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The Poison Ivy League Part 35-An Eventful Election

May 3, 2011

Sulla A’s Presidency ended as it began, in gossip and scandal. When originally running for office, he’d evidently promised not to participate in the college newspaper’s annual elections. Nevertheless, when the time came, he campaigned to be editor-in-chief. Scipio was furious, and Sulla was forced to offer to resign his post if he won the position on “The Crimson.” Jason and Kimel shared a laugh when Scipio offered to step in as President during the interim should Sulla be dismissed. Ultimately, it proved to be a moot point, since Sulla lost the editorial election and retained the Presidency of the debate team, or the few weeks that remained of it, anyway. For new elections were on the horizon. Horatius, Scott, and Sulla C were all running for the highest office.

Kimel had long since decided to ensure that Scott won the election. He believed that his friend’s easy-going and perceptive nature would make him an ideal leader. Perhaps more importantly, Kimel also hoped to reward Scott’s loyalty, for he had not forgotten who had stood up for him against Agrippina and Trimalchio’s slanderous accusations at the previous year’s elections. To carry out his plans, he enlisted the aid of the talktative Porus. Together, they weighed on Sulla A day and night, insisting that Scott would be the best choice to succeed him. Horatius was a non-entity who scarcely debated, they explained. And Scott was much less cocky than Sulla C. He was a calm and cool character, and a fine face for the team to newcomers. Sulla A finally agreed with their assessment, forgetting Sulla C’s equal commitment to HSPDS and the fact that he likely loved the activity more than Scott.

With so much done, Kimel worked on Aemilia and Josephus, winning them over with the promise that Scott’s congeniality would stand in happy contrast to the ambience of the current administration, which was efficient but gloomy. Then, an interview was arranged between Scott and Scipio, which was said to have gone well. On the eve of the election, Kimel was confident that he had successfully paved the way for Scott’s advancement, having learned a great deal over the course of the previous year about the secret workings of oligarchic Governments.

When the night of the election came, the three candidates presented their speeches. Sulla C spoke the most passionately. Scott gave bland but practical answers. Horatius was the most impressive in his delivery. Then the candidates left the room. As planned, Porus opened the floor by providing a strong speech in favor of Scott, which Kimel then echoed and supported. A few novices spoke out for Sulla C, and Kimel, wishing to silence them, put the question to Sulla A, who spoke in favor of Scott.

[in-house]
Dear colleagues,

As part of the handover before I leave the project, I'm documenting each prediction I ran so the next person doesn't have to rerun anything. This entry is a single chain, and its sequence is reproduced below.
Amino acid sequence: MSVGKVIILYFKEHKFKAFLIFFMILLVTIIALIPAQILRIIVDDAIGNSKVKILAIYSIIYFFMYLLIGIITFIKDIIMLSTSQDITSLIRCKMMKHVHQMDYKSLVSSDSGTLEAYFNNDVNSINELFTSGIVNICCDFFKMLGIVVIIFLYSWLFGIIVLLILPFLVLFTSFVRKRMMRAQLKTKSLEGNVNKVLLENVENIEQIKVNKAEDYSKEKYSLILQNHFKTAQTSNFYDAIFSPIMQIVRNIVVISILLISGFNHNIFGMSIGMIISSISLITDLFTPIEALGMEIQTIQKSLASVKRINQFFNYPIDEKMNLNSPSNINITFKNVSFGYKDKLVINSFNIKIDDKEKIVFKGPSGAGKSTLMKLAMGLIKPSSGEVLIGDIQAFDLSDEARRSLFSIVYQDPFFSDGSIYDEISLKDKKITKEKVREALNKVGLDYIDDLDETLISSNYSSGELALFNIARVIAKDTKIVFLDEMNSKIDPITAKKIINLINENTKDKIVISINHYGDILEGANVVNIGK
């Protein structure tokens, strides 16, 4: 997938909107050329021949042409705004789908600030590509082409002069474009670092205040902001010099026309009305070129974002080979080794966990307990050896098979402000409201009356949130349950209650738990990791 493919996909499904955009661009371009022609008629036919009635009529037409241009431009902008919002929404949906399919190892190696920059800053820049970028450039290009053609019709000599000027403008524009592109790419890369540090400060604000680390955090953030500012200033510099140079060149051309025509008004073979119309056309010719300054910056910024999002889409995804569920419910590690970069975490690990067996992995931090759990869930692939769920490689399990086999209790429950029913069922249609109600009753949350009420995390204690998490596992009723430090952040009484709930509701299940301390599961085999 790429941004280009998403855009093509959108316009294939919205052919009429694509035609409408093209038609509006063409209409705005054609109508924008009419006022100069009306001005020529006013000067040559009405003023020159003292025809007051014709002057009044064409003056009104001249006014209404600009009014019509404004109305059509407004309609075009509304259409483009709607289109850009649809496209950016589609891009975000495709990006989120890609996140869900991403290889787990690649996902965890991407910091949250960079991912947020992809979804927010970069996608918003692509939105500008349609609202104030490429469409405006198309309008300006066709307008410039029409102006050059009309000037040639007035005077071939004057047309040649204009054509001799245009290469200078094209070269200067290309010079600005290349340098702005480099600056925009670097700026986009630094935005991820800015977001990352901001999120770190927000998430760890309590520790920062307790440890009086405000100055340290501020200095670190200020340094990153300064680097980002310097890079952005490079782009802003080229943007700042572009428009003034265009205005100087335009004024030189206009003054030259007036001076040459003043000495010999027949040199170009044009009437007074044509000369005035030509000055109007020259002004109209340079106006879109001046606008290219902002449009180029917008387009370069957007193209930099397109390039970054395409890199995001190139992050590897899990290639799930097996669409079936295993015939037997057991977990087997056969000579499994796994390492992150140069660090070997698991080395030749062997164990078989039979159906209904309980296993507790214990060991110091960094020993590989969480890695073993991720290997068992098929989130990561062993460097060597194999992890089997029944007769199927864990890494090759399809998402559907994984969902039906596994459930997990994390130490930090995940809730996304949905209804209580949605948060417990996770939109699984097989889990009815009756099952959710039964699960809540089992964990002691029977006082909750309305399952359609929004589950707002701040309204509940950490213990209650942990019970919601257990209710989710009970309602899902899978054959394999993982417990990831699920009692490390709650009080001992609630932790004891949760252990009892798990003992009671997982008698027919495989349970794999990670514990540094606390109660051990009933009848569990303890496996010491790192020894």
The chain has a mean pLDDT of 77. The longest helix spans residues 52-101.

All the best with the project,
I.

Then Scipio unexpectedly stepped forward as a strong supporter of Horatius, perhaps simply to oppose Sulla A. Horatius was the most polished speaker, Scipio said, and intuitively seemed like the most natural leader out of the three men. Kimel realized with dread the weight which the former President’s opinion might carry, and so he debated him outright. He insisted that Horatius seldom debated and shouldn’t be rewarded with the highest honors simply because he seemed Presidential in his bearing. Then Porus sarcastically mentioned that Hitler also seemed Presidential in his bearing, and the room erupted into laugher.

Fabius uncharacteristically admitted that he had no opinion. Cynthia spoke in favor of Scott, swayed by Kimel. Voices for Sulla C were effectively drowned out and forgotten. Finally, the matter was put to a vote. The candidates reentered the room. Kimel looked at his friend and shrugged; he had done his best. Then, the announcement was made. Scott was the next President. Kimel was thrilled.

By the end of the night, Arianna was elected as Kimel’s successor. Sulla C was named tournament director, and Petronius the secretary. Horatius was forced to content himself with the position of treasurer.

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